I guess "squirting" (a la Zune) didn't turn out to be so fashionable

Summary:It's no secret that since its first weeks out around Thanksgiving, Microsoft's Zune iPod-killer isn't exactly flying off the shelves. Today, News.

It's no secret that since its first weeks out around Thanksgiving, Microsoft's Zune iPod-killer isn't exactly flying off the shelves. Today, News.com's Ina Fried reports that Microsoft appears poised to reach deeper into its warchest in hopes of driving more buyers to Zune:

...now that the music player has spent a month on the market, the company is considering increasing its advertising to attract more attention to it.

"We are talking about upping that spend a little more," Marketing Director Jason Reindorp told CNET News.com last week.

Microsoft debuted the Zune to mixed reviews last month. The device had a strong initial sales week, but has dipped in sales rankings since that point, according to market tracker NPD and online retailer Amazon.com's sales chart.

Fried goes onto report:

And many of those first-week buyers were probably from the hard-core gadget enthusiast crowd. They're not the young hipsters that Microsoft is hoping to convince to buy the Zune and "squirt" songs with their friends--Microsoft's term for sharing music files over the built-in Wi-Fi connection....

...."We recognize that Zune cannot expect to compete for mass market mindshare on the same level as iPod in the short-term," Peter Kingsley, group manager for Zune brand marketing, said in an e-mail. "Striving for this would be fool-hardy."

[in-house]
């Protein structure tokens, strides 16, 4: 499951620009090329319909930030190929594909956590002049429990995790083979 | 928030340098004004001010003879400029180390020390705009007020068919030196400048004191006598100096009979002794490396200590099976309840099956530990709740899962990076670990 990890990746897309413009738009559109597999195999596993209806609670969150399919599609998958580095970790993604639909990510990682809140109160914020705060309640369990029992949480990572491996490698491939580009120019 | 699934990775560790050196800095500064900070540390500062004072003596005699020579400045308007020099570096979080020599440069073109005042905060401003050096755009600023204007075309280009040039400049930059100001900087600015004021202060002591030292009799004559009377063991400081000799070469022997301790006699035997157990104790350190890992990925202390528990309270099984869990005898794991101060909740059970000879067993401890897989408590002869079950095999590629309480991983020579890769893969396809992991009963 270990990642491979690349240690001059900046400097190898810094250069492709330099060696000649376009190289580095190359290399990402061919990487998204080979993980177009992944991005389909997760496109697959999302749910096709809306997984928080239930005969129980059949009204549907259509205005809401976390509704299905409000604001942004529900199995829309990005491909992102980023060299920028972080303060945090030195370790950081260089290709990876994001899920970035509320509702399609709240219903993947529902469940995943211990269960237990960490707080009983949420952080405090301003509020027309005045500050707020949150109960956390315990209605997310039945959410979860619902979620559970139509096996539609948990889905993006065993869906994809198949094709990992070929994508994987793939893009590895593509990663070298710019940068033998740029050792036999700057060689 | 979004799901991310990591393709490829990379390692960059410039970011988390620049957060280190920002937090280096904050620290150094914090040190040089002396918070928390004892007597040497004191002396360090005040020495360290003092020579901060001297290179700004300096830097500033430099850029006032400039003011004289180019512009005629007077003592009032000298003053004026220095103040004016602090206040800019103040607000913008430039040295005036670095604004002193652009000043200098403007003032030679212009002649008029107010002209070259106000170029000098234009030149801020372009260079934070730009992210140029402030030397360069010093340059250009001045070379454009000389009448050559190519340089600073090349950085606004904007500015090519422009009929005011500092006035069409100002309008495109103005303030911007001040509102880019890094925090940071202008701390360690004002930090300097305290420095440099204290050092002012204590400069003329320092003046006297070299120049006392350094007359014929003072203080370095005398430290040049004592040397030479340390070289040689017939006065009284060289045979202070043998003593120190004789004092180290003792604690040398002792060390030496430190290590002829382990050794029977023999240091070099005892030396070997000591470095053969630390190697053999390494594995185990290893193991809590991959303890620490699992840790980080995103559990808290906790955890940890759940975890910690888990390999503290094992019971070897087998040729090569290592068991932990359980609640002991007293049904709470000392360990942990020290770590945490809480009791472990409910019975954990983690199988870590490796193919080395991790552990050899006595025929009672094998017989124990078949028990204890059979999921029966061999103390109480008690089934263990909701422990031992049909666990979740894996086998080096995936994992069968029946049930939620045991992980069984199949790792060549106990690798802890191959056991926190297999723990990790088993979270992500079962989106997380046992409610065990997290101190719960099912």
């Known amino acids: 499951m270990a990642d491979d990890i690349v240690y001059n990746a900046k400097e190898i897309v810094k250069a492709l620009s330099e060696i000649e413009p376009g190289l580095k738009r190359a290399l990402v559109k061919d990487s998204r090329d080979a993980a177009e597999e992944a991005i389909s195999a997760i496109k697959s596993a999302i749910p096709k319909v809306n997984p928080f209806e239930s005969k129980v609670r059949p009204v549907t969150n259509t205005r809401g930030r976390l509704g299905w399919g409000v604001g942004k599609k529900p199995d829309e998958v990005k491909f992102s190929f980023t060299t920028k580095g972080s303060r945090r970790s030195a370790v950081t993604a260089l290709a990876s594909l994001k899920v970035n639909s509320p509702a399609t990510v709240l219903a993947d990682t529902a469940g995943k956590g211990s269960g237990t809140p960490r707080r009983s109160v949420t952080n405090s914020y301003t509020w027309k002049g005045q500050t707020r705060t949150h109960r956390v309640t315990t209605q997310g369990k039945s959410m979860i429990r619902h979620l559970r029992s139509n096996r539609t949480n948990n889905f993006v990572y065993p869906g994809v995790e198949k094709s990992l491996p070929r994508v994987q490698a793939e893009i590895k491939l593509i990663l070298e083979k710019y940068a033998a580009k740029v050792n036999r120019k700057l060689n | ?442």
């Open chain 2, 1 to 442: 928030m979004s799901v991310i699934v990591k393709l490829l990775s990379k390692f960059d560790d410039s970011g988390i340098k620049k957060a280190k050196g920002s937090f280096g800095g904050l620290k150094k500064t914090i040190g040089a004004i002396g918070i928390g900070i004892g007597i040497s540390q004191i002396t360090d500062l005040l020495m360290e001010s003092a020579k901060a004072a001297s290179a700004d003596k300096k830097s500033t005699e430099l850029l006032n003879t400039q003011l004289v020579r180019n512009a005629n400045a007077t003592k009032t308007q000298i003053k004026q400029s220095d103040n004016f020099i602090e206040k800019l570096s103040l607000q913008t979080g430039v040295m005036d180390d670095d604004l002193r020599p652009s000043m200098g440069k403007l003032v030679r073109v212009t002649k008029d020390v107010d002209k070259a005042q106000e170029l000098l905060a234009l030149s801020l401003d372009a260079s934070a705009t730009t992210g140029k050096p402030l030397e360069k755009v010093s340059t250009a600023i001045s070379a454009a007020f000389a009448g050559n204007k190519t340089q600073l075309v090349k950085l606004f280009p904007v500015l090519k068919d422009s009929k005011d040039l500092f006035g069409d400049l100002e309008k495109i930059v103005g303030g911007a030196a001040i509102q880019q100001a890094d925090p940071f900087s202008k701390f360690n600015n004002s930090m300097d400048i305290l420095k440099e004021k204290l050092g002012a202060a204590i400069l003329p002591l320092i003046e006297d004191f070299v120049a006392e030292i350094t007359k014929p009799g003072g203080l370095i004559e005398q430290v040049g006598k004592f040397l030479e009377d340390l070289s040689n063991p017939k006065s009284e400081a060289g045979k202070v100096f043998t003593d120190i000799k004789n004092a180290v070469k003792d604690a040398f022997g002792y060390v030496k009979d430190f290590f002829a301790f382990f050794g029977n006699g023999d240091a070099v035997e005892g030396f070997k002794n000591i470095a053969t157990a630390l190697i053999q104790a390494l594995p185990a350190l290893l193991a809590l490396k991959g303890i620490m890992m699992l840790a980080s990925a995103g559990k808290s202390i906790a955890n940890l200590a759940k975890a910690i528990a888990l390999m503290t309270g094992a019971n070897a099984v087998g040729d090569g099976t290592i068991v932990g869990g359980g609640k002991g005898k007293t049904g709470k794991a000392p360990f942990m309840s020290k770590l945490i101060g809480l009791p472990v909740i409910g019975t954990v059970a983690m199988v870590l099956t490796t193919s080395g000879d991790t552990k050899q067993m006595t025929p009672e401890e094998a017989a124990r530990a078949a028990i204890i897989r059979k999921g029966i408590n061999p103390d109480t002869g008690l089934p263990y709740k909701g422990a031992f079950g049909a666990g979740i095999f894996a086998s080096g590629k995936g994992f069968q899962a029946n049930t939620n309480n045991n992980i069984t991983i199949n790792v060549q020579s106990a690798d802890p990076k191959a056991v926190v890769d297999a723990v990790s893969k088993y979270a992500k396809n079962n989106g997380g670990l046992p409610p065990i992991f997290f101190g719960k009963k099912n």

Kingsley said the company's goal is to launch the Zune brand and focus on with wireless sharing ability. With its ads, he said Microsoft wanted to stand in "stark contrast" to the iPod.

And therein lies the problem. It comes as no surprise to me that Zune's sales are falling short of expectations given the way Microsoft is taking it to market. Sure, it's targeting the right segment given where it's placing its ads. But, as I've written a bunch of times already, Microsoft's focus on Zune technological capabilities -- namely the "squirting" feature -- is misplaced. This market is no longer about functionality. Functionality is simply the price of admission. After that, it's all about fashion baby and until Microsoft puts someone as cool as Bono on it's payroll (what Apple has done), Zune is going to lumber along in the basement. Of course it's appealing to gadget heads. Who else would really care about WiFi in a portable audio player? 

Back when I talked about how Microsoft would have to fight the fashion war -- an unfamiliar battleground for Microsoft -- to gain ground against Apple, I polled ZDNet's audience to see who should be "Microsoft's Bono."  A whopping 46 percent of the 525 people who voted said Microsoft shouldn't even waste its money and that Microsoft can't win (the first place vote getter). In a distant second place, getting 10 percent of the vote was Stephen Colbert and 9 percent said Microsoft could win on technology. Victoria's Secrets models came in fourth place with 6 percent of the vote.

Topics: Microsoft

About

David Berlind was fomerly the executive editor of ZDNet. David holds a BBA in Computer Information Systems. Prior to becoming a tech journalist in 1991, David was an IT manager.

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